Russia committed to OPEC+ oil cuts: UAE energy minister

UAE’s Suhail bin Mohammed Al-Mazroui also said that compliance with the cuts by both Russia and OPEC’s second largest producer Iraq has increased in March. (Reuters)
Updated 10 April 2019

Russia committed to OPEC+ oil cuts: UAE energy minister

  • ‘Russia will not increase its output unless in coordination with the rest of OPEC and OPEC+ countries’
  • Russia agreed to cut its production by 228,000 bpd but has struggled to comply with the pact

ABU DHABI: United Arab Emirates’ energy minister said on Wednesday that Russia was committed to its oil supply cut agreement with OPEC and would not raise its output unless in coordination with the exporting group.
UAE’s Suhail bin Mohammed Al-Mazroui also said that compliance with the cuts by both Russia and OPEC’s second largest producer Iraq has increased in March, adding that he expected the oil market to achieve balance by the end of 2019.
“Russia will not increase its output unless in coordination with the rest of OPEC and OPEC+ countries,” Mazroui said.
“I believe in the wisdom of Russia, and I believe that Russia has benefited from this agreement... I don’t see any reason for Russia not to continue with us.”
Mazroui’s comments came a day after Russian President Vladimir Putin said that Russia and OPEC should discuss the future of their oil output-cutting deal later this year, adding that current oil prices suited Moscow.
Brent futures LCOc1 were at $70.93 per barrel at 1100 GMT, up 32 cents, or 0.44 percent, from their last close on Wednesday as OPEC cuts and US sanctions on Iran and Venezuela continued to tighten supply.
The Organization of the Petroleum Exporting Countries and other oil producers led by Russia agreed to reduce their combined output by 1.2 million barrels per day (bpd) from Jan. 1 this year for six months in an attempt to balance the market.
Russia agreed to cut its production by 228,000 bpd but has struggled to comply with the pact.
On Monday, one of the key Russian officials to foster the pact with OPEC, Kirill Dmitriev, signaled that Russia wanted to raise oil output when it meets with OPEC in June because of improving market conditions and falling stockpiles.
But Putin, the ultimate decision-maker in Russia, seemingly softened that stance, saying it was too early to judge whether the deal should be extended.
Speaking at a conference in Abu Dhabi, Mazroui also said the UAE can raise its crude oil production up to 3.5 million bpd if needed.
The UAE currently produces around 3 million bpd under the OPEC+ reduction agreement.


Oil prices surge after attacks hit Saudi output

Updated 16 September 2019

Oil prices surge after attacks hit Saudi output

  • The Houthi attacks hit two Aramco sites and effectively shut down six percent of the global oil supply
  • President Donald Trump said Sunday the US was ‘locked and loaded’ to respond to the attacks

HONG KONG: Oil prices saw a record surge Monday after attacks on two Saudi facilities slashed output in the world’s top producer by half, fueling fresh geopolitical fears as Donald Trump blamed Iran and raised the possibility of a military strike on the country.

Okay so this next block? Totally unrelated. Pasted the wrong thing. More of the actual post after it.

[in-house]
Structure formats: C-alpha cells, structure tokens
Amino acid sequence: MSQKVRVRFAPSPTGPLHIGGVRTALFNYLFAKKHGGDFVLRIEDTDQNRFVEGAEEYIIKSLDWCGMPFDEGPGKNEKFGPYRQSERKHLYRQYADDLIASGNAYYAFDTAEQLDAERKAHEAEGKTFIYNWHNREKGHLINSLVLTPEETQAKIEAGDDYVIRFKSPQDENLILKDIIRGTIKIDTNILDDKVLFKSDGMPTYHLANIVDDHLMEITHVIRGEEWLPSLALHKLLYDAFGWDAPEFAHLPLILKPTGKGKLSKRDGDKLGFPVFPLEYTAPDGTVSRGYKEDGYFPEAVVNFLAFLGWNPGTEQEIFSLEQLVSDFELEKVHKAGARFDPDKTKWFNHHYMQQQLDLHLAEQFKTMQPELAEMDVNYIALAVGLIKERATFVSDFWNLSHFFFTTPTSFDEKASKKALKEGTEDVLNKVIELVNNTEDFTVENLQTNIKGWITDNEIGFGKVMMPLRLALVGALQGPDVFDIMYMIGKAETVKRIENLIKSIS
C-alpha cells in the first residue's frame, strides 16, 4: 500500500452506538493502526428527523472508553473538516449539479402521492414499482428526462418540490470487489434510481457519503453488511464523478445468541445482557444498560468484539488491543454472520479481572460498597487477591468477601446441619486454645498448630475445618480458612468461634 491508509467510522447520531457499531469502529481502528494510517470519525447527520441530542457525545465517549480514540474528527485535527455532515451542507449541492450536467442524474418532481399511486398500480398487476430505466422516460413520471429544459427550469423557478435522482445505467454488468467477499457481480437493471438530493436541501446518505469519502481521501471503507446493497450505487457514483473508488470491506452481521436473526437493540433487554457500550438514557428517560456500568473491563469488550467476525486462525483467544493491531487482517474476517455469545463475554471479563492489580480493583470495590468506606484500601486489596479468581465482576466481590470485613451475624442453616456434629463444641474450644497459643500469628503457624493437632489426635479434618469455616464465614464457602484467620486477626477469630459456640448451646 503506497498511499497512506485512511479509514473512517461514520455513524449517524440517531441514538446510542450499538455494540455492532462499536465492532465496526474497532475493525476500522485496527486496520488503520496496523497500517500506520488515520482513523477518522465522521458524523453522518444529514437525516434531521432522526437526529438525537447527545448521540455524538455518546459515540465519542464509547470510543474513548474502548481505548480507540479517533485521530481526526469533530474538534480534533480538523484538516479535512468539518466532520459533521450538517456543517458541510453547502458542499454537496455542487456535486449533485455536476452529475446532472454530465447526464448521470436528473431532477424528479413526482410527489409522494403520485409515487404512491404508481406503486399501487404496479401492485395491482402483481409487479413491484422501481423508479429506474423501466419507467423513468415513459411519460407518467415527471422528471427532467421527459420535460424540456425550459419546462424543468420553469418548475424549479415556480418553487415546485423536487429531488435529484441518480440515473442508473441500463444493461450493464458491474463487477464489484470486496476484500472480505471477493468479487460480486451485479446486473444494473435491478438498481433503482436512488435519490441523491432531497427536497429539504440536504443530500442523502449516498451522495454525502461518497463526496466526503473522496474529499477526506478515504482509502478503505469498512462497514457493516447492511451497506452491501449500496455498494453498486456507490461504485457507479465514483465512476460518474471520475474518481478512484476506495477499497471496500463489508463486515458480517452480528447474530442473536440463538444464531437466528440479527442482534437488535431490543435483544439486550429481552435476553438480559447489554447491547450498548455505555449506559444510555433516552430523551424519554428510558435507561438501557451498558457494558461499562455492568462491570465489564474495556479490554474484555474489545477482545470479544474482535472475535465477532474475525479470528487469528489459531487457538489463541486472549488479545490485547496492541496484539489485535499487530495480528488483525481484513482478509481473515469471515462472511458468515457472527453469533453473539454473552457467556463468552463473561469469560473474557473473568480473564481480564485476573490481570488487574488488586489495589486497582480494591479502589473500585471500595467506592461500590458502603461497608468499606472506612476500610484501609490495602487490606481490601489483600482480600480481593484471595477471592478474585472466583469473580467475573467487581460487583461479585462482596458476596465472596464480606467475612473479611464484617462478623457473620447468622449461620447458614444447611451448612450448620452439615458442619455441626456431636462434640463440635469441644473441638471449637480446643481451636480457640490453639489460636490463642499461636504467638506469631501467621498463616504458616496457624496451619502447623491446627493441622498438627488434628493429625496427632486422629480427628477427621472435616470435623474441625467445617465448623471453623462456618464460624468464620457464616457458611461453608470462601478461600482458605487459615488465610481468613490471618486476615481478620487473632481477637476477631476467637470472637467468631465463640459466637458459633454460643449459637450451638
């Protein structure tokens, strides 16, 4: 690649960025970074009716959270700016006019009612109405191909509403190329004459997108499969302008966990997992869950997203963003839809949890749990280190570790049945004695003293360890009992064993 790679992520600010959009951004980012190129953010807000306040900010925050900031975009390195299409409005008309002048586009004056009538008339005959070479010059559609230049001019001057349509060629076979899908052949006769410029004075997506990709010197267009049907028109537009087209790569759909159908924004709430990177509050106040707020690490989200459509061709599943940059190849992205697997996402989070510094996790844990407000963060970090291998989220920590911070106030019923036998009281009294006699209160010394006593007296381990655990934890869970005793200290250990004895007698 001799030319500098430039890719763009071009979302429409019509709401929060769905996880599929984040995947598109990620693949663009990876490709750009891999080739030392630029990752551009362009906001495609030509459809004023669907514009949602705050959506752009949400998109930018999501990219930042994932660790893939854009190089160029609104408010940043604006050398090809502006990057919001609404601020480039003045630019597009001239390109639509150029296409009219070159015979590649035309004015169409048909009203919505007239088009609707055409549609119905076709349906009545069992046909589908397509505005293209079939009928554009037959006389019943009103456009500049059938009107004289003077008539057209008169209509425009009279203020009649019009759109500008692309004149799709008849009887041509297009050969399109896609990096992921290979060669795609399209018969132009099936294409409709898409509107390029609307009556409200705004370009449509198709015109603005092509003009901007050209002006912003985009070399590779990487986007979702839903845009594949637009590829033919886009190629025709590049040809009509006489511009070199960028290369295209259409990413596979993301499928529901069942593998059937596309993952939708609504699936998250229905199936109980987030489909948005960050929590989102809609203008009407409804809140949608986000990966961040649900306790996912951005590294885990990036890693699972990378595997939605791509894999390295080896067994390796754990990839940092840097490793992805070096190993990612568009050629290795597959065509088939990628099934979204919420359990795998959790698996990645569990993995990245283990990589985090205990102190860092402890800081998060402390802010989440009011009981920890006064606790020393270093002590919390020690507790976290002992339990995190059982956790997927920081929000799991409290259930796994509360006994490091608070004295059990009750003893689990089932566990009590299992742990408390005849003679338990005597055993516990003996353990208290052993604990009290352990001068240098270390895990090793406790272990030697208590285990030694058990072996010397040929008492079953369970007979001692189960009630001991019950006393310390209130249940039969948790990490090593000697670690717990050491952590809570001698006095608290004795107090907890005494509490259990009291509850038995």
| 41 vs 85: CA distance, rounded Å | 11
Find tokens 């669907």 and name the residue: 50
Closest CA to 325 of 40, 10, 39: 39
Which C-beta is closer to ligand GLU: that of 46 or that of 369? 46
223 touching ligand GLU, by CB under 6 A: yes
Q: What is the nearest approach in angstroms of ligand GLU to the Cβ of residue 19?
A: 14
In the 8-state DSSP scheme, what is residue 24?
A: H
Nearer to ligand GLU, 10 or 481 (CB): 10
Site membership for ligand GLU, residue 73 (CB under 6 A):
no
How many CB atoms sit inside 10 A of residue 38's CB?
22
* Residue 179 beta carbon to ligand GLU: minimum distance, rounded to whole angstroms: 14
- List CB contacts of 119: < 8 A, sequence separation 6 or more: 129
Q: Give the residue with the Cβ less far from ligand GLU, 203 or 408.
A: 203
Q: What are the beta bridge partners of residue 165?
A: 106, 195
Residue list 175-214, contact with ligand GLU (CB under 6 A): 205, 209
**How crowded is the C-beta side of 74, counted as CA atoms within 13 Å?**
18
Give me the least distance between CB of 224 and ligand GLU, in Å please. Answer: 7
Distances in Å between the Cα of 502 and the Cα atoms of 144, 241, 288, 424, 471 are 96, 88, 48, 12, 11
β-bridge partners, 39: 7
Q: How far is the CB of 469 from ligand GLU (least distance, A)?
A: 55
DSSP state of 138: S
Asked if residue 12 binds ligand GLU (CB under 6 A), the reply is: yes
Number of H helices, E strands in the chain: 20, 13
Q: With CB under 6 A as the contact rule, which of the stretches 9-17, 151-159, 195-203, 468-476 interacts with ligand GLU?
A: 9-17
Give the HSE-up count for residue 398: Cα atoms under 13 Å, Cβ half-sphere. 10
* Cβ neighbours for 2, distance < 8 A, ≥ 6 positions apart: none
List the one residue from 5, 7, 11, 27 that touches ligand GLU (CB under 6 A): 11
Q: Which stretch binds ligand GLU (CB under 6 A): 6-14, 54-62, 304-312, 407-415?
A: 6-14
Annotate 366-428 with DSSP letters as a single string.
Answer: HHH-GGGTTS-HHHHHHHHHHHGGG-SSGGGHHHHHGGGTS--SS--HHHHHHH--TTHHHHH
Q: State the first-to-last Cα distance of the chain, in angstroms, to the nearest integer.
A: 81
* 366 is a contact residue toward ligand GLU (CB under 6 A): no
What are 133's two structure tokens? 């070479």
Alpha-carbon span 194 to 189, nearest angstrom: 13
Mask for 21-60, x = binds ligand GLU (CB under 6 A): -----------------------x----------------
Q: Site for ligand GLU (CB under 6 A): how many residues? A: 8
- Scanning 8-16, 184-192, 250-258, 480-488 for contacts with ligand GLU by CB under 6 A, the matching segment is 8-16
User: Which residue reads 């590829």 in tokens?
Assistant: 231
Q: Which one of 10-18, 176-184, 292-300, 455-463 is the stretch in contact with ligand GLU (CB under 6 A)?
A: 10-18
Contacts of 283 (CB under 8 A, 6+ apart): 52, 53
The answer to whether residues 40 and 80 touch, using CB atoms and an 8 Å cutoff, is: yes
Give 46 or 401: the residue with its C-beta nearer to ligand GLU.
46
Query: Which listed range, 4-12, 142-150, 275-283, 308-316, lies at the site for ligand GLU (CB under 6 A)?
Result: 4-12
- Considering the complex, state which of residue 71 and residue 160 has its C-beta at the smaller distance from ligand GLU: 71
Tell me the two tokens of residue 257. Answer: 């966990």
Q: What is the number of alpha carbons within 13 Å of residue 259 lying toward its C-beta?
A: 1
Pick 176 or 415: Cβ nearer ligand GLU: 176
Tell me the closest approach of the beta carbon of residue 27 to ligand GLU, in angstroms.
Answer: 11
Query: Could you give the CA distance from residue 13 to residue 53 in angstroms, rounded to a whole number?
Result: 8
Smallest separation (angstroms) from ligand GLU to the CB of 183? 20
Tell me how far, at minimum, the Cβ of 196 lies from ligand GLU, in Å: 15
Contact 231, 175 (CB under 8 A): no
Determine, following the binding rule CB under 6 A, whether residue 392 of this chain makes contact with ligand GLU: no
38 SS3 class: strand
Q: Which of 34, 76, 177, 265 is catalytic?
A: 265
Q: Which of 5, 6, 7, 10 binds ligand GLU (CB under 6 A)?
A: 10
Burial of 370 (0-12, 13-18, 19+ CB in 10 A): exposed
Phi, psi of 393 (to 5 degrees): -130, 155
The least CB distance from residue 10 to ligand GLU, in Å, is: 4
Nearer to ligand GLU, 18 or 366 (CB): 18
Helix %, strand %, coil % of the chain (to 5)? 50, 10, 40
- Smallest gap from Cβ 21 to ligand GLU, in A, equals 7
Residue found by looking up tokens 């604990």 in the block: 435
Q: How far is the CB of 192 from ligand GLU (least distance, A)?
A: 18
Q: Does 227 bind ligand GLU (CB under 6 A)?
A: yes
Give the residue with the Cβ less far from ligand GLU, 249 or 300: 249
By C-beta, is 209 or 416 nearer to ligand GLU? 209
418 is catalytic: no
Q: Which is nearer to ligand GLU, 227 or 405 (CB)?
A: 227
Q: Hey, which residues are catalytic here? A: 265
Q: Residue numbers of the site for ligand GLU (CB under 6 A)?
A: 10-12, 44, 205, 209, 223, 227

Brent futures surged $12 in the first few minutes of business — the most in dollar terms since they were launched in 1988 and representing a jump of nearly 20 percent — while WTI jumped more than $8, or 15 percent.
Both contracts pared the gains but were both still more than 10 percent up.
The attack by Tehran-backed Houthi militia in neighboring Yemen, where a Saudi-led coalition is bogged down in a five-year war, hit two sites owned by state-run giant Aramco and effectively shut down six percent of the global oil supply.
Trump said Sunday the US was “locked and loaded” to respond to the attack, while Secretary of State Mike Pompeo said: “The United States will work with our partners and allies to ensure that energy markets remain well supplied and Iran is held accountable for its aggression.”
Tehran denies the accusations but the news revived fears of a conflict in the tinderbox Middle East after a series of attacks on oil tankers earlier this year that were also blamed on Iran.
“Tensions in the Middle East are rising quickly, meaning this story will continue to reverberate this week even after the knee-jerk panic in oil markets this morning,” said Jeffrey Halley, senior market analyst at OANDA.
Trump authorized the release of US supplies from its Strategic Petroleum Reserve, while Aramco said more than half of the five million barrels of production lost will be restored by tomorrow.
But the strikes raise concerns about the security of supplies from the world’s biggest producer.
Oil prices had dropped last week after news that Trump had fired his anti-Iran hawkish national security adviser John Bolton, which was seen as paving the way for an easing of tensions in the region.
“One thing we can say with confidence is that if part of the reason for last week’s fall in oil and improvement in geopolitical risk sentiment was the news of John Bolton’s sacking ... and thoughts this was a precursor to some form of rapprochement between Trump and Iran, then it is no longer valid,” said Ray Attrill at National Australia Bank.